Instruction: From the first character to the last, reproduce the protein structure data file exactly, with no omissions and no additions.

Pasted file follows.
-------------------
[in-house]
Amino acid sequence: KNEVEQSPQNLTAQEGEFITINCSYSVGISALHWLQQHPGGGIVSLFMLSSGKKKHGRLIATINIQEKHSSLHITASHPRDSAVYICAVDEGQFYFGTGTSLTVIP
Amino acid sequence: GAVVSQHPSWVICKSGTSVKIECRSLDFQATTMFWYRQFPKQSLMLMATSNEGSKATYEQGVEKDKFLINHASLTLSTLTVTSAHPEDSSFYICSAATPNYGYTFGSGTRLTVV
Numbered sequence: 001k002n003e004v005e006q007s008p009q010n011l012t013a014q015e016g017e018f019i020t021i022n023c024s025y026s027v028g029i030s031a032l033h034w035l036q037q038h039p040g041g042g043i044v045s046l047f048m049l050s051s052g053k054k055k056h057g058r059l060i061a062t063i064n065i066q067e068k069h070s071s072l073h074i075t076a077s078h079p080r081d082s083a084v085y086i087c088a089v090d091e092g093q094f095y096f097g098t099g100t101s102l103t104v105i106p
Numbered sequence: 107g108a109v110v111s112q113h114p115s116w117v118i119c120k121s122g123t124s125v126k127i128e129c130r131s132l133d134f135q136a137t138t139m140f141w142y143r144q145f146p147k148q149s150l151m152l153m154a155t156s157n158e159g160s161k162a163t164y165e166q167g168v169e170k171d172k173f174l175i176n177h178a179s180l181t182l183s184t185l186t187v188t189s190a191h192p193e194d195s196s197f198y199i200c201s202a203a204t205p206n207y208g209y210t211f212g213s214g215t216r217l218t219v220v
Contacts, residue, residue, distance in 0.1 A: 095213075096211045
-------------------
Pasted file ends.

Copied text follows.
[in-house]
Amino acid sequence: KNEVEQSPQNLTAQEGEFITINCSYSVGISALHWLQQHPGGGIVSLFMLSSGKKKHGRLIATINIQEKHSSLHITASHPRDSAVYICAVDEGQFYFGTGTSLTVIP
Amino acid sequence: GAVVSQHPSWVICKSGTSVKIECRSLDFQATTMFWYRQFPKQSLMLMATSNEGSKATYEQGVEKDKFLINHASLTLSTLTVTSAHPEDSSFYICSAATPNYGYTFGSGTRLTVV
Numbered sequence: 001k002n003e004v005e006q007s008p009q010n011l012t013a014q015e016g017e018f019i020t021i022n023c024s025y026s027v028g029i030s031a032l033h034w035l036q037q038h039p040g041g042g043i044v045s046l047f048m049l050s051s052g053k054k055k056h057g058r059l060i061a062t063i064n065i066q067e068k069h070s071s072l073h074i075t076a077s078h079p080r081d082s083a084v085y086i087c088a089v090d091e092g093q094f095y096f097g098t099g100t101s102l103t104v105i106p
Numbered sequence: 107g108a109v110v111s112q113h114p115s116w117v118i119c120k121s122g123t124s125v126k127i128e129c130r131s132l133d134f135q136a137t138t139m140f141w142y143r144q145f146p147k148q149s150l151m152l153m154a155t156s157n158e159g160s161k162a163t164y165e166q167g168v169e170k171d172k173f174l175i176n177h178a179s180l181t182l183s184t185l186t187v188t189s190a191h192p193e194d195s196s197f198y199i200c201s202a203a204t205p206n207y208g209y210t211f212g213s214g215t216r217l218t219v220v
Contacts, residue, residue, distance in 0.1 A: 095213075096211045